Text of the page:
We arrived on Outer Green Island by small boat out of Falmouth, and then even smaller boat onto the protected seabird nesting island in Casco Bay. It was quickly apparent that the best method of landing ashore was via wing power; perhaps second choice might have been via boogie board and wetsuit. Despite the sketchy landing of waves, rocky cliffs, and stinging nettles that greeted we humans, Outer Green Island is well suited for Common Tern and other seabird nesting habitat.
Outer Green Island is a five-acre island about five miles east of Portland. The island is closed to the public during the spring and summer nesting season. I was invited recently to join my ornithologist sister and two youngsters to camp amongst hundreds of birds.
Our small group of volunteers had arrived to cover for the regular Project Puffin/Audubon field staff for a few days. Our responsibilities included setting up bird blinds for summer studies, 6 a.m. bird counts, weather reports, and discouraging visits from predatory birds (including a peregrine falcon). The terns were very busy on their tiny pseudo-nests, called scrapes. It looked promising that many scrapes already contained three eggs. Great care had to be taken with every step because new eggs would often appear where none had been the previous day.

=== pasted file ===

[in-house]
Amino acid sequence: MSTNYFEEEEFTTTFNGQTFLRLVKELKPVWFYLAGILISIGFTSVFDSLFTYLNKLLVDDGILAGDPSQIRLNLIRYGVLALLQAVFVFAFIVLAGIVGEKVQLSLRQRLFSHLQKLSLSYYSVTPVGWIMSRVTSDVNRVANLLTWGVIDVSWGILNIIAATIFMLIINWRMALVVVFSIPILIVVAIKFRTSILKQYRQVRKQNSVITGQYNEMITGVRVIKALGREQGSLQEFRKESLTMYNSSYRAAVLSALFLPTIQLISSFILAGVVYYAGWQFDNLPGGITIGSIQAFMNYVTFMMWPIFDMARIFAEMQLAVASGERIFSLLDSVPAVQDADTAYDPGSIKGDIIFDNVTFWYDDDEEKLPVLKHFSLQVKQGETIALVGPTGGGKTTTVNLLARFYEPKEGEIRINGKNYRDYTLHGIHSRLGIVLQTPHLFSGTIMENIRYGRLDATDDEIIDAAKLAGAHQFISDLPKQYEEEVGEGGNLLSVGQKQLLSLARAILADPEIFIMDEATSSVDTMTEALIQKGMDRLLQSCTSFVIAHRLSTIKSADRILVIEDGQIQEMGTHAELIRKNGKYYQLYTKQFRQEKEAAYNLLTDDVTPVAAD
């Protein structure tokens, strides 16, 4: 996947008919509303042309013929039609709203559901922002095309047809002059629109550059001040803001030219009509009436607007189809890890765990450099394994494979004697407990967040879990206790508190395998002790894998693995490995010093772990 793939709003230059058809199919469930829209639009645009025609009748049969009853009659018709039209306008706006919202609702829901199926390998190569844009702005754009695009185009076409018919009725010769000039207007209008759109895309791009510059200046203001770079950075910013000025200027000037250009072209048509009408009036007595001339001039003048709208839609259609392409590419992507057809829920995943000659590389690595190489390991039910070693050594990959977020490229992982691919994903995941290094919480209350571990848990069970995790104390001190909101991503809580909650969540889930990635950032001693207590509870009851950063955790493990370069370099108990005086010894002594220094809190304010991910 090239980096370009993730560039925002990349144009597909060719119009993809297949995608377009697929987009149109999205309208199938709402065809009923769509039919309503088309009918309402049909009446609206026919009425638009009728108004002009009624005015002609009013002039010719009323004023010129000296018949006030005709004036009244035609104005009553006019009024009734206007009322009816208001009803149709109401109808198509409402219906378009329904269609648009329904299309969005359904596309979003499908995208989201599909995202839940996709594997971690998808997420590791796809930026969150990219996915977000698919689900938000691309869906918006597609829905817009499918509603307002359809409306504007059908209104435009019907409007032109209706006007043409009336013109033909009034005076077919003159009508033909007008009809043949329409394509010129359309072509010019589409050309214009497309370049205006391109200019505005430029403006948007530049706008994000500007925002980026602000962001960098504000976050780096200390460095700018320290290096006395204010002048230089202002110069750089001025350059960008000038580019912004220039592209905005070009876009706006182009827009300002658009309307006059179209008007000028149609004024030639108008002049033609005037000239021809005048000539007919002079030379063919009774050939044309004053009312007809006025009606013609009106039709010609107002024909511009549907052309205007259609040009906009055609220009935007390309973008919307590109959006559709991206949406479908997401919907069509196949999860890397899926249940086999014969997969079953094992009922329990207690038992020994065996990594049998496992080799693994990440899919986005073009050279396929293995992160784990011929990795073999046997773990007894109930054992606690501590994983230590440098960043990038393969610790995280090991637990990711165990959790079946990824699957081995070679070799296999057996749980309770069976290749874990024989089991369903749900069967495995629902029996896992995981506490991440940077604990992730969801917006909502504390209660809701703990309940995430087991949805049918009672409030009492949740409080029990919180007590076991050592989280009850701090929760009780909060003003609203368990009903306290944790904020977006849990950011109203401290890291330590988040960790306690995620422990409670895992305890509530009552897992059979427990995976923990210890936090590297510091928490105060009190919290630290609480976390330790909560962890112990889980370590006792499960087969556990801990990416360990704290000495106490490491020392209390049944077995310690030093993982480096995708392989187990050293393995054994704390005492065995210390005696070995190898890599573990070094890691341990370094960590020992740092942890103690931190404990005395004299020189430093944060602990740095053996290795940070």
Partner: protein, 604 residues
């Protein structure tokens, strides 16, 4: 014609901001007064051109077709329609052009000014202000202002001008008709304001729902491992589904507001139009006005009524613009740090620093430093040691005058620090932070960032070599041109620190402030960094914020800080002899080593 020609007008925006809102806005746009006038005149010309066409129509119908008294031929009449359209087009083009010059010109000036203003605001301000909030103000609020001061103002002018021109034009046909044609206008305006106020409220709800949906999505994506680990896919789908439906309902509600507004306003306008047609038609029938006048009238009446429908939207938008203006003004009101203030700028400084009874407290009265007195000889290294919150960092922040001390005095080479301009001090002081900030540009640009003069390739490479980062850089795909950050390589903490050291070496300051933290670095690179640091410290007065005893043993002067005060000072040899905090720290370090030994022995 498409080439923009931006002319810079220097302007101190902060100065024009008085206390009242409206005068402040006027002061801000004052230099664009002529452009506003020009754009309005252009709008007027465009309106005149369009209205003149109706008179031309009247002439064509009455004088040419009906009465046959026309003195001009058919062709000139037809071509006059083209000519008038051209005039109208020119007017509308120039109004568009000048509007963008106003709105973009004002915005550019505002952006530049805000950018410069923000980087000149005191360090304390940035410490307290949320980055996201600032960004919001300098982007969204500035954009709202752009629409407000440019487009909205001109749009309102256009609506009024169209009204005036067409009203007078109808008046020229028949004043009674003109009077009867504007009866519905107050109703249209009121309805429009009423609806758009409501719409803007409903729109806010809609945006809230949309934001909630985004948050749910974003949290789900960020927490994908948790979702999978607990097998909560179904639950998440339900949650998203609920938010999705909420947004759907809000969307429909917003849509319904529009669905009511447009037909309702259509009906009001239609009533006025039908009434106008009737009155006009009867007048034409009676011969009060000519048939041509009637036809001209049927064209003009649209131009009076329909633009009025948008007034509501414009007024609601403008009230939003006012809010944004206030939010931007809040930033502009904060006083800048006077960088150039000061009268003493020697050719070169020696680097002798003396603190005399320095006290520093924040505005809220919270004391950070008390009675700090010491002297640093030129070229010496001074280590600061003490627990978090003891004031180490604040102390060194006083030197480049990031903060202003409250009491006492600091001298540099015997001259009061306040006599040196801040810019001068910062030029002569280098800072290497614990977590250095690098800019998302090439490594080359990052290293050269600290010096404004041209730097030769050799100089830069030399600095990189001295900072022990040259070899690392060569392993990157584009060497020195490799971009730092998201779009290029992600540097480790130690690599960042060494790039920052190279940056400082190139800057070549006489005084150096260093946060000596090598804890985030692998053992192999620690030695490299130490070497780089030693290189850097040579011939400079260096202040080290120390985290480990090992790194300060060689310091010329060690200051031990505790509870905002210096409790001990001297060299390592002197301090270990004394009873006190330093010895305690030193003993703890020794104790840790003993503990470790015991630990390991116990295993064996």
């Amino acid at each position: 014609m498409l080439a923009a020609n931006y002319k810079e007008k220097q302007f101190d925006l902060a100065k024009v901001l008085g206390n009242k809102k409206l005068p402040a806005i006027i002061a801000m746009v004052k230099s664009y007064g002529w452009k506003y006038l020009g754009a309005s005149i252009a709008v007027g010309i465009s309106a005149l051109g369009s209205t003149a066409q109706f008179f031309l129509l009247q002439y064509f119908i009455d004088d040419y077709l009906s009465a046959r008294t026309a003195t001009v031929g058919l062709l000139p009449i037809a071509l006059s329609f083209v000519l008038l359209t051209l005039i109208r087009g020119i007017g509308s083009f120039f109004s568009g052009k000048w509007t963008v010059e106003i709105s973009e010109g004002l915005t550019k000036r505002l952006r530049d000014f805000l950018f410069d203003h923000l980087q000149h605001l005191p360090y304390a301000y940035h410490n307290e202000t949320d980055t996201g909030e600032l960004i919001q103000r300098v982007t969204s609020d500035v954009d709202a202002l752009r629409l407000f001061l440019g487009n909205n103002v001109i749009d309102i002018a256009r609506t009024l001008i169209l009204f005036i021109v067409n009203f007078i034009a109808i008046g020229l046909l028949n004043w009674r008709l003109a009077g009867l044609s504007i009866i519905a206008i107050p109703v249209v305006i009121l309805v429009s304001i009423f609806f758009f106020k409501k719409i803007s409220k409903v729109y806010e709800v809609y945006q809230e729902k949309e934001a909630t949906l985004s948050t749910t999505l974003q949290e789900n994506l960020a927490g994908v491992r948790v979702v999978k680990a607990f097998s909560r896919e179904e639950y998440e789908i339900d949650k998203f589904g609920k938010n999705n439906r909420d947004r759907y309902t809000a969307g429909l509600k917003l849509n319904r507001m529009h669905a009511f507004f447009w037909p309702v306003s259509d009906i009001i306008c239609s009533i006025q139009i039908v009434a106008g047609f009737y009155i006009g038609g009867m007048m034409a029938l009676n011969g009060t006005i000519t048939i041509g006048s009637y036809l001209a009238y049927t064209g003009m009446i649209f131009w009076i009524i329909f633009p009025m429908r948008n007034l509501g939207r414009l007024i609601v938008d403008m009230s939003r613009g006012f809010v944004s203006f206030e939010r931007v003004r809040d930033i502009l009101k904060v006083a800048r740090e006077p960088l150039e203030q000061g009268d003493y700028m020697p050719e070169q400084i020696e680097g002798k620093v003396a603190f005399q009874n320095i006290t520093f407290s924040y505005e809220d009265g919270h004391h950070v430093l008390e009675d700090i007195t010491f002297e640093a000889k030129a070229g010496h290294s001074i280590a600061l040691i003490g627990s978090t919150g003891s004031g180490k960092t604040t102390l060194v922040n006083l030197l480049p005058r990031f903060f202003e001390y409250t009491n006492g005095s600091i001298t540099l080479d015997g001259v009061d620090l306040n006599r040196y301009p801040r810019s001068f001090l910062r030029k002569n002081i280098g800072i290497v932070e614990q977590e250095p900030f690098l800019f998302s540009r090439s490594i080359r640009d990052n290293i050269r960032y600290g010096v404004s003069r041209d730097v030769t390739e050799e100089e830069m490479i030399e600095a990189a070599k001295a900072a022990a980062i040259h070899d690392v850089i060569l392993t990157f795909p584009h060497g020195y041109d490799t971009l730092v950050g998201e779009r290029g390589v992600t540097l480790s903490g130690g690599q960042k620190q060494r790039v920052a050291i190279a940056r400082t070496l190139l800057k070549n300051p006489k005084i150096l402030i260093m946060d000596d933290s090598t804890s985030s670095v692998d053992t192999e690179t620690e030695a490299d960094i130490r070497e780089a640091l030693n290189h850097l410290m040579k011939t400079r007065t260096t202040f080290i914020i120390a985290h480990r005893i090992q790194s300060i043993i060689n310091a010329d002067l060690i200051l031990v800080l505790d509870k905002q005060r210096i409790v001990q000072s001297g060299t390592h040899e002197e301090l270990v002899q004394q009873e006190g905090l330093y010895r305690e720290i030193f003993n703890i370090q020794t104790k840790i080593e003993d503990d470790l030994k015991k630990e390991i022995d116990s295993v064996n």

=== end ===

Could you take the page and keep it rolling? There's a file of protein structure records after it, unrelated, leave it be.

I was fortunate to get to appreciate about twenty-four different bird species during our visit, plus get to see Common Tern, Common Eider, and Guillemot eggs for the first time. Despite being squawked at, pooped on, and exposed to the elements, I have to say it is a magical feeling to be a minority amongst these stunning birds on their rocky turf.